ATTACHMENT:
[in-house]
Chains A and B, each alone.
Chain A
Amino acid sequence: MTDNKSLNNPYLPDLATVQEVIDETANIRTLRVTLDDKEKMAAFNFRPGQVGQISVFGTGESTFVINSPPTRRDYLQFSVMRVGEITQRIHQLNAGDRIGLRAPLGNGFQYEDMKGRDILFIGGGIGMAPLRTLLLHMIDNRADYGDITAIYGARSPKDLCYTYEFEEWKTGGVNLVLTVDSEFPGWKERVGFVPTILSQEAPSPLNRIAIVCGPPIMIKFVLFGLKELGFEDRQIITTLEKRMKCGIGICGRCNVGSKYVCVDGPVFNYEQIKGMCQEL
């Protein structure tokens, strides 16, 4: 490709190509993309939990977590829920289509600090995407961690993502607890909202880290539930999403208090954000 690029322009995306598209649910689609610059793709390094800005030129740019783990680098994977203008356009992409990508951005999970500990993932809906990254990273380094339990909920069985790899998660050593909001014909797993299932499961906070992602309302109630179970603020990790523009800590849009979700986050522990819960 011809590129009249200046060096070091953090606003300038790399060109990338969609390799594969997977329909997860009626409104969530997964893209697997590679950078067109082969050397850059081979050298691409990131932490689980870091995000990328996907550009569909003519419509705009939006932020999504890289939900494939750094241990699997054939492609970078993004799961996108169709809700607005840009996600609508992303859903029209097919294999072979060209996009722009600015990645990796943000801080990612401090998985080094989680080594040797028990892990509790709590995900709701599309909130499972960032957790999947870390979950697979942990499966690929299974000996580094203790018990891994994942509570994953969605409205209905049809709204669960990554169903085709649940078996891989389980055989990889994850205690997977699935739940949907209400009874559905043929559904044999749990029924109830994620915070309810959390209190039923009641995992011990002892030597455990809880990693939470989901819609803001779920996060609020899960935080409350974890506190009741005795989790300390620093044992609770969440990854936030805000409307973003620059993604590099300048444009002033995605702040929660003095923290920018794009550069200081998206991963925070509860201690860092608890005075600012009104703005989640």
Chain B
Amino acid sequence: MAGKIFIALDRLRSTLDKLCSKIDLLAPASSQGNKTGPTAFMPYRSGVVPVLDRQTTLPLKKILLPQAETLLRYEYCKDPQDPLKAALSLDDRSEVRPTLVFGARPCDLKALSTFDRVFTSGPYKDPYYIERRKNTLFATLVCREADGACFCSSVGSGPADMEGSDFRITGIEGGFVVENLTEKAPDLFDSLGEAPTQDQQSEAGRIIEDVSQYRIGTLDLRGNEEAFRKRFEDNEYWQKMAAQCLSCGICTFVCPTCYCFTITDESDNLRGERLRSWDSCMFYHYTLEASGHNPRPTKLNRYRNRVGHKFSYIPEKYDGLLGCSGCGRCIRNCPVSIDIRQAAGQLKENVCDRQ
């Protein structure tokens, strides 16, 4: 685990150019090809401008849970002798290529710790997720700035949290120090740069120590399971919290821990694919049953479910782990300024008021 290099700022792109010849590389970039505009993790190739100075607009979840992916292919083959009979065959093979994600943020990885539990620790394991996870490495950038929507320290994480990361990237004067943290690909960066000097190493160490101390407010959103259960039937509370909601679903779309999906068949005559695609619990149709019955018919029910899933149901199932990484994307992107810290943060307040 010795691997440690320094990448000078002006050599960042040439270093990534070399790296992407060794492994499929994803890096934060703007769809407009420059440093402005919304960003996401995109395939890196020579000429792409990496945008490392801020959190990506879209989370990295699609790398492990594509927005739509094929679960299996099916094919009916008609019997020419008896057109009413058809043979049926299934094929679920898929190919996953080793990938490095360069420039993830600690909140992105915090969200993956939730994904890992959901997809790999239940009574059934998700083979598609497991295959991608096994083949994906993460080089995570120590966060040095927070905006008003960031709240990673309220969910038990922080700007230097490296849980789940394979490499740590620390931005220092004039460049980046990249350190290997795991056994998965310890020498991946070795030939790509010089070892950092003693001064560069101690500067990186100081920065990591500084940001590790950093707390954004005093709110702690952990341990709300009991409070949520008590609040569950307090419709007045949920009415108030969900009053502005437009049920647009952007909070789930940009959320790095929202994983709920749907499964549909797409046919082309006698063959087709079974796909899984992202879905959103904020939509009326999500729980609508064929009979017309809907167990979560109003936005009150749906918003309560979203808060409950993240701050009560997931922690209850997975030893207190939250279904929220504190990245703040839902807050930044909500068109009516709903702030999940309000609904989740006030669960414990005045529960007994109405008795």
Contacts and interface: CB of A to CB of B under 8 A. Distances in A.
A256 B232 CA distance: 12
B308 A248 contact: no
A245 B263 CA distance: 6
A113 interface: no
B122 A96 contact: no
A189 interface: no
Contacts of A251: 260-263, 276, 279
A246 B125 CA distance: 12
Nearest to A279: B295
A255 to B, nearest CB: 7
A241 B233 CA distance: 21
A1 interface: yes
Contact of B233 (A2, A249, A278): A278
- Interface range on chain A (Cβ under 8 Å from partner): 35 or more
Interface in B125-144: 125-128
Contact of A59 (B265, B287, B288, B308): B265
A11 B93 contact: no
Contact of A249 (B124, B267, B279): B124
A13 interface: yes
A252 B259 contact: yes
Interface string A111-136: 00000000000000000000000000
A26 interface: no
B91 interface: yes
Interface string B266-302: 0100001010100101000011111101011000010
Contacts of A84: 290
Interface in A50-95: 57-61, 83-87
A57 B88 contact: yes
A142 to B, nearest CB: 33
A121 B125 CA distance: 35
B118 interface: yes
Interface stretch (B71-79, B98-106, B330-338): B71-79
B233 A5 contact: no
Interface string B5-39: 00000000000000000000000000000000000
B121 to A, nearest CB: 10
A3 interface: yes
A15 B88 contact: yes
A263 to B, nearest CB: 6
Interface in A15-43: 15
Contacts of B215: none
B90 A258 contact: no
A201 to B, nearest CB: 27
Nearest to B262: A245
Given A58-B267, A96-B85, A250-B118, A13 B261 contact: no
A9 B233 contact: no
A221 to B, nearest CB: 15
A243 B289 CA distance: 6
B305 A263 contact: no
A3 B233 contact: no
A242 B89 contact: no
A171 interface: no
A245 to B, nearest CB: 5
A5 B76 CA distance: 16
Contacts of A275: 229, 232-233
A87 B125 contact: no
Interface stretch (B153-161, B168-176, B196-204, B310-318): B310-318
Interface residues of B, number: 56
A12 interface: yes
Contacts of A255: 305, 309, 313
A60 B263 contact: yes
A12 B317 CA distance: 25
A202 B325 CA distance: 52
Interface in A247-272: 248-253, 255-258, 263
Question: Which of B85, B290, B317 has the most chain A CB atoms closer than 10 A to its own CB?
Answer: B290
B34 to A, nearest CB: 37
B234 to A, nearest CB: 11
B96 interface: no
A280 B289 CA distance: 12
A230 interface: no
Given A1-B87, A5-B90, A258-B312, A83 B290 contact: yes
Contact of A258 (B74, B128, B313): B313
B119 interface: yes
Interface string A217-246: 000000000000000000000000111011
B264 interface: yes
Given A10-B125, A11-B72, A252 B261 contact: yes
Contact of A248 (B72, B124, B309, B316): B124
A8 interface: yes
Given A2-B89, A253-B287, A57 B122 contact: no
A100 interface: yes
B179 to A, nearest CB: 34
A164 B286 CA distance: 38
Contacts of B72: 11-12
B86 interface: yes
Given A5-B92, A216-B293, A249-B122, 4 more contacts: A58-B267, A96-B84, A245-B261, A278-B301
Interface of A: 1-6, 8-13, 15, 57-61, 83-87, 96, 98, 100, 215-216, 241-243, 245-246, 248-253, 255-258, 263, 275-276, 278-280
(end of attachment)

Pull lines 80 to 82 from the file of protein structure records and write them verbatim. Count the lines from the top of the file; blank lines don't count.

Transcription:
Contact of A258 (B74, B128, B313): B313
B119 interface: yes
Interface string A217-246: 000000000000000000000000111011